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Richard Branson criticised for promoting rip-off fund


Investors who have decided to abandon “star” fund managers in favour of funds that simply track the stock market are being warned to resist advertising for a tracker fund from one of Britain’s most admired brands.

Sir Richard Branson’s Virgin Money has been promoting its FTSE tracker fund via press advertisements and online. But anyone who buys this fund will pay up to 12 times more than the cost of an identical fund from a cheaper provider.

The annual charge on the Virgin FTSE All Share Tracker is 1pc, whereas Vanguard’s FTSE UK All Share Index fund – which does exactly the same job of replicating the performance of the London stock market – has an annual charge of just 0.08pc. Other fund firms also offer UK trackers that are far cheaper than Virgin’s; they include Legal & General, whose UK Index fund can be bought for as little as 0.1pc a year.

Such cost differences can make a huge difference to your eventual returns. Which?, the consumer group, found that the Virgin fund would have turned £10,000 into £17,520 over the past five years, whereas Vanguard's equivalent would have delivered almost £2,000 more over the same period.

Virgin’s recent promotion of its tracker fund appears to be a result of recent changes to the Isa rules, which allow savers to shelter up to £15,000 a year from tax. According to figures released this week, tracker funds are attracting a large portion of Isa money, with savers putting a record £532m into these funds in July.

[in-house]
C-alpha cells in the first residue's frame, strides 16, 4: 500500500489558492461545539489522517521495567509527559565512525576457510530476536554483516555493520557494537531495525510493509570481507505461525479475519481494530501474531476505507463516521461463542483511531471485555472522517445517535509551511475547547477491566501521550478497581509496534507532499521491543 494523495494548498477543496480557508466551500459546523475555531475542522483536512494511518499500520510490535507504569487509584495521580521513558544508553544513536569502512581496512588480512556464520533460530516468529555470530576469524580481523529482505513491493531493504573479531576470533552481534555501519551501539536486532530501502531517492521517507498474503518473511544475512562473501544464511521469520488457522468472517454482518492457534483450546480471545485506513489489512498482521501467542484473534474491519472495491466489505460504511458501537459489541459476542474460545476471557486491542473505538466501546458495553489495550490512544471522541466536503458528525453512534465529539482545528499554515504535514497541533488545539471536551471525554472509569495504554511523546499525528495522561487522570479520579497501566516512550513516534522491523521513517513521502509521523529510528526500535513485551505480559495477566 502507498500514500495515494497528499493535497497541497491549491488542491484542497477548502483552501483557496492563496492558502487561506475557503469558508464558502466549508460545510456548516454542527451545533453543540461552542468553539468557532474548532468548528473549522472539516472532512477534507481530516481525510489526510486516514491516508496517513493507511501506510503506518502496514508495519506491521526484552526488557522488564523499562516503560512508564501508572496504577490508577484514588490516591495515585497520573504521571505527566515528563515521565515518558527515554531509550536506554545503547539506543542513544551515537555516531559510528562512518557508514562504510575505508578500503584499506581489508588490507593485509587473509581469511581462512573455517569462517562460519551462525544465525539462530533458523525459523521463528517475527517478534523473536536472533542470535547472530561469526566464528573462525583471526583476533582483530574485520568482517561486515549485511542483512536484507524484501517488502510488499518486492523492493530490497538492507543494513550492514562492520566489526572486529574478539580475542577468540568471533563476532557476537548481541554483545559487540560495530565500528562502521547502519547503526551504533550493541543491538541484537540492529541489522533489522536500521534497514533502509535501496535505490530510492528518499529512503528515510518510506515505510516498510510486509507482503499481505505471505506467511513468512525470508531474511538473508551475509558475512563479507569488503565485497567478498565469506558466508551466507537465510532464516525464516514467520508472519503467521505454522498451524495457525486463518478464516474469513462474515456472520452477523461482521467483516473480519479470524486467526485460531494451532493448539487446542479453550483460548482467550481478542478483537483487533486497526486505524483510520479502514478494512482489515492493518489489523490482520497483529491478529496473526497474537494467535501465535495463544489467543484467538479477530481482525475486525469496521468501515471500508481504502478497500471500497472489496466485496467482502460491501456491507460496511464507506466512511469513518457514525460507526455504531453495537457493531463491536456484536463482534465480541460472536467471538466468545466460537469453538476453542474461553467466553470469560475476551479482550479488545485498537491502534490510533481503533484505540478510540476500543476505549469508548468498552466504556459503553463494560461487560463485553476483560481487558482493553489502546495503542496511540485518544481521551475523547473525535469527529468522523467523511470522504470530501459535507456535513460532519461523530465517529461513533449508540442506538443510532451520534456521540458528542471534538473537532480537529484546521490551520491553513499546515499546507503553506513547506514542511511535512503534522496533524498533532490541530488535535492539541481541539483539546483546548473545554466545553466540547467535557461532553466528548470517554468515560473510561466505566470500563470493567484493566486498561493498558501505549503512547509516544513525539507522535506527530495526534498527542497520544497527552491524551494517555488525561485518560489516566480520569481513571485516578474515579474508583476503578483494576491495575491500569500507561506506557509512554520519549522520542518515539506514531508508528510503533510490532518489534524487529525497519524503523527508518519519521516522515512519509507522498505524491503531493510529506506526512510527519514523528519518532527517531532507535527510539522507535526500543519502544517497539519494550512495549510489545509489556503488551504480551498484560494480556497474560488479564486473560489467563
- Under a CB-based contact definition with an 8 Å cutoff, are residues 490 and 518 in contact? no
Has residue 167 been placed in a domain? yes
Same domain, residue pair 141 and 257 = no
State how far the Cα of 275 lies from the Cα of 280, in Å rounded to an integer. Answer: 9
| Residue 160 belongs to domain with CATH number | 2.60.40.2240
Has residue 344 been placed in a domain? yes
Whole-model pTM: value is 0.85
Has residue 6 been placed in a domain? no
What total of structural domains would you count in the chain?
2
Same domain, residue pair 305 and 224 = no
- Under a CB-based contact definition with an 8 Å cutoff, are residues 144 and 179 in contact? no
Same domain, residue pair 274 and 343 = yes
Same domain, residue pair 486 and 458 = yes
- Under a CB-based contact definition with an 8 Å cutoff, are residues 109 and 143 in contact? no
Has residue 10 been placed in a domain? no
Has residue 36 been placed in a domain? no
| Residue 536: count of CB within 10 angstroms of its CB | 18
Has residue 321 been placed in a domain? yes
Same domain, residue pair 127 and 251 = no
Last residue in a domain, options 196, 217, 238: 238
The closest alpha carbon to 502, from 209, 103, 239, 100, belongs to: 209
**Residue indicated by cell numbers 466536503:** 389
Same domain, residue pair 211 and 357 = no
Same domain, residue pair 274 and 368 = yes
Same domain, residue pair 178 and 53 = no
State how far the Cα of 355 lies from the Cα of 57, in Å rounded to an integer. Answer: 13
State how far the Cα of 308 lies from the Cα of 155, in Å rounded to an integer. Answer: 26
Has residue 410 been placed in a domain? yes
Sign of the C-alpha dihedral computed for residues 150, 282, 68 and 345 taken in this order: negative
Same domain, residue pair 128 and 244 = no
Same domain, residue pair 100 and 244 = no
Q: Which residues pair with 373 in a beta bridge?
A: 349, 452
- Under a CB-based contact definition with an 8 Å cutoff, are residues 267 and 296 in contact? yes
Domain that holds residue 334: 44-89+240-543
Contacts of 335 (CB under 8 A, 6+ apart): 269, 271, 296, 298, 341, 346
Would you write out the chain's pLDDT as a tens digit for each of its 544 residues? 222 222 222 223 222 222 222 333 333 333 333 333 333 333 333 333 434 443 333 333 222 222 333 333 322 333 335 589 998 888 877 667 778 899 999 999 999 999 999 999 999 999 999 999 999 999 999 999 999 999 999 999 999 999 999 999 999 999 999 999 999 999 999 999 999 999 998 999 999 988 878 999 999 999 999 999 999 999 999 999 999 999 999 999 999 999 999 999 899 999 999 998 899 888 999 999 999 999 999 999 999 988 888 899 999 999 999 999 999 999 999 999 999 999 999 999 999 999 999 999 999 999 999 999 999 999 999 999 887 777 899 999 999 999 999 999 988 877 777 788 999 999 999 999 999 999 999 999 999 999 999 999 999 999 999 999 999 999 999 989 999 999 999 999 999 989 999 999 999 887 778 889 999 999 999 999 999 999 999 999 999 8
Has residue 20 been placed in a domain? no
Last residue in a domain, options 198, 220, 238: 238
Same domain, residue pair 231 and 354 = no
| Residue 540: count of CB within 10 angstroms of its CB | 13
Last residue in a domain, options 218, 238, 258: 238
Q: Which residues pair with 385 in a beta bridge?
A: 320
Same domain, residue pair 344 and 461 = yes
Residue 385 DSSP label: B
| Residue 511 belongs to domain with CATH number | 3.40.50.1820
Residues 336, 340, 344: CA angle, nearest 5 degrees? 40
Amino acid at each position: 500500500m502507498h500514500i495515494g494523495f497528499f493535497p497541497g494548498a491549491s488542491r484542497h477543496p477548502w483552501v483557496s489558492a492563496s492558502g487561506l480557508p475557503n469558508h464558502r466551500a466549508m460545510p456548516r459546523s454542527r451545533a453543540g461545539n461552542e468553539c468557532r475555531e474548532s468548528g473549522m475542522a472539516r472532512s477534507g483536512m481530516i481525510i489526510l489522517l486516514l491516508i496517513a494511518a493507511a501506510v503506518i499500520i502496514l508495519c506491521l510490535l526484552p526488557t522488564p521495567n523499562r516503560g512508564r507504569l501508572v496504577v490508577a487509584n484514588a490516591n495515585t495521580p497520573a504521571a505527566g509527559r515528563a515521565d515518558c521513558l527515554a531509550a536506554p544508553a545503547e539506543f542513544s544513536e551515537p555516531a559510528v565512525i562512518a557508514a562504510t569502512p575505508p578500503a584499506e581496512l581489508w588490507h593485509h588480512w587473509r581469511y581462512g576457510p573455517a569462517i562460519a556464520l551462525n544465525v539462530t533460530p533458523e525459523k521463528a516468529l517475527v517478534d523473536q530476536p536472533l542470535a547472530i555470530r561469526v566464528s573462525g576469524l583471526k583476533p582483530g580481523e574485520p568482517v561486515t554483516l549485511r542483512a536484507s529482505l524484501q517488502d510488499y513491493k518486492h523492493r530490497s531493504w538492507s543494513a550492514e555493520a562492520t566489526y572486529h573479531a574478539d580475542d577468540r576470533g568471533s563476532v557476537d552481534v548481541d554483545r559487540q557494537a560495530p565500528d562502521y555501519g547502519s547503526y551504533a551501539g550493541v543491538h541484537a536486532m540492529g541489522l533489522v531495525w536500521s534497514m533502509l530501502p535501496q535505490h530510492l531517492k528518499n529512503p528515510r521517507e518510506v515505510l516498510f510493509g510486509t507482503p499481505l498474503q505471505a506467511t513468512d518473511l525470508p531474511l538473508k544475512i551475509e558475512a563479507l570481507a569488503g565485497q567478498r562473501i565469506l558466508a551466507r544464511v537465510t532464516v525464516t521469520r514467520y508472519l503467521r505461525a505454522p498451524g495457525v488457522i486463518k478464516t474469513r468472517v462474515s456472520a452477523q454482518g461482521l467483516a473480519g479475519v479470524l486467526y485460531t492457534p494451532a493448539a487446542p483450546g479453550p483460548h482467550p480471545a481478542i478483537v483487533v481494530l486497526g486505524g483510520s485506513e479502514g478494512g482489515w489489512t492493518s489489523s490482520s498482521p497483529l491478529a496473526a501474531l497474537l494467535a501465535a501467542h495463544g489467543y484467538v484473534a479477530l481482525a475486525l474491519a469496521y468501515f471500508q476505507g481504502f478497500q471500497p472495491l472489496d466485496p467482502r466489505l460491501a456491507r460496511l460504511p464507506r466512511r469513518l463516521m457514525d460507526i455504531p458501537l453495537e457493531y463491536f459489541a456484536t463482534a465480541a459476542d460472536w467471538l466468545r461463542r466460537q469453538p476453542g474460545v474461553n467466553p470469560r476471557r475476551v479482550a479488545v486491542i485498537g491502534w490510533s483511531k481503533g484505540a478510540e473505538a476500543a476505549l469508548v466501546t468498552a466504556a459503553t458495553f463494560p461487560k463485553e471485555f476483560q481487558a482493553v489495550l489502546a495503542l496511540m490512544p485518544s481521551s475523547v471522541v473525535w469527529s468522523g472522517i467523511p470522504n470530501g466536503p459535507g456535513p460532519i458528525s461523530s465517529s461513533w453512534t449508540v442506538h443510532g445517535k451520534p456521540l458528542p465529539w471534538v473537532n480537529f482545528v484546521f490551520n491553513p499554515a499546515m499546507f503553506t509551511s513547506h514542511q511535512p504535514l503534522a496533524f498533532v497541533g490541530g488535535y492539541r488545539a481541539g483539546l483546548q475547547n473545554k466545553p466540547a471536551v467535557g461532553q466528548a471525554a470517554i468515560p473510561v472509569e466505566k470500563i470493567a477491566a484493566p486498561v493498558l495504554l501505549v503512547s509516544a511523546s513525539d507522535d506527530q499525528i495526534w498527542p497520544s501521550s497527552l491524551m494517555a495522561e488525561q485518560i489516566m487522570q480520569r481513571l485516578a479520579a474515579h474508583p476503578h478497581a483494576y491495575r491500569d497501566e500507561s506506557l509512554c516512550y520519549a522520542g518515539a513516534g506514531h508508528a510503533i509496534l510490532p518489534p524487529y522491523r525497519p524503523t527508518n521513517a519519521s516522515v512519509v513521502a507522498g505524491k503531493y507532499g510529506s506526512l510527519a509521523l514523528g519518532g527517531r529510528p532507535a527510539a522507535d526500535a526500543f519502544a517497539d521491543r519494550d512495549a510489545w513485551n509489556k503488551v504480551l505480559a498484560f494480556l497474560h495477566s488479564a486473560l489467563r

The Virgin advertisements played heavily on Sir Richard’s public profile, with his picture and a quote: “Our straightforward approach to investment means you don’t have to be an expert to benefit from the stock market.” He referred to “one simple ongoing charge” – but did not state the actual figure.

Sir Richard told Which? he was “proud” to endorse the Virgin fund. “I have always personally endorsed our UK All Share fund and proudly continue to do so,” he said. When asked about the fund’s inferior performance, Sir Richard said: “I simply don’t believe this to be true.”

Today The Telegraph calls on Sir Richard to scrap the current charge on the tracker and bring it closer to the figure charged by his more competitive rivals.

Savers should remember that the fund manager’s charge is not normally the only cost of investing. Although investors can hold the Virgin fund directly through the company, trackers are normally bought via “fund shops” that levy their own charges on top. These can be flat fees or percentages, typically of 0.2pc-0.45pc a year.

A spokesman for Virgin Money said its charge was “clear and transparent and there are no hidden, additional fees”. He added: “To simply compare Vanguard’s 0.08pc charge to Virgin Money’s 1pc charge is not a fair comparison of total cost.”

Source: Telegraph

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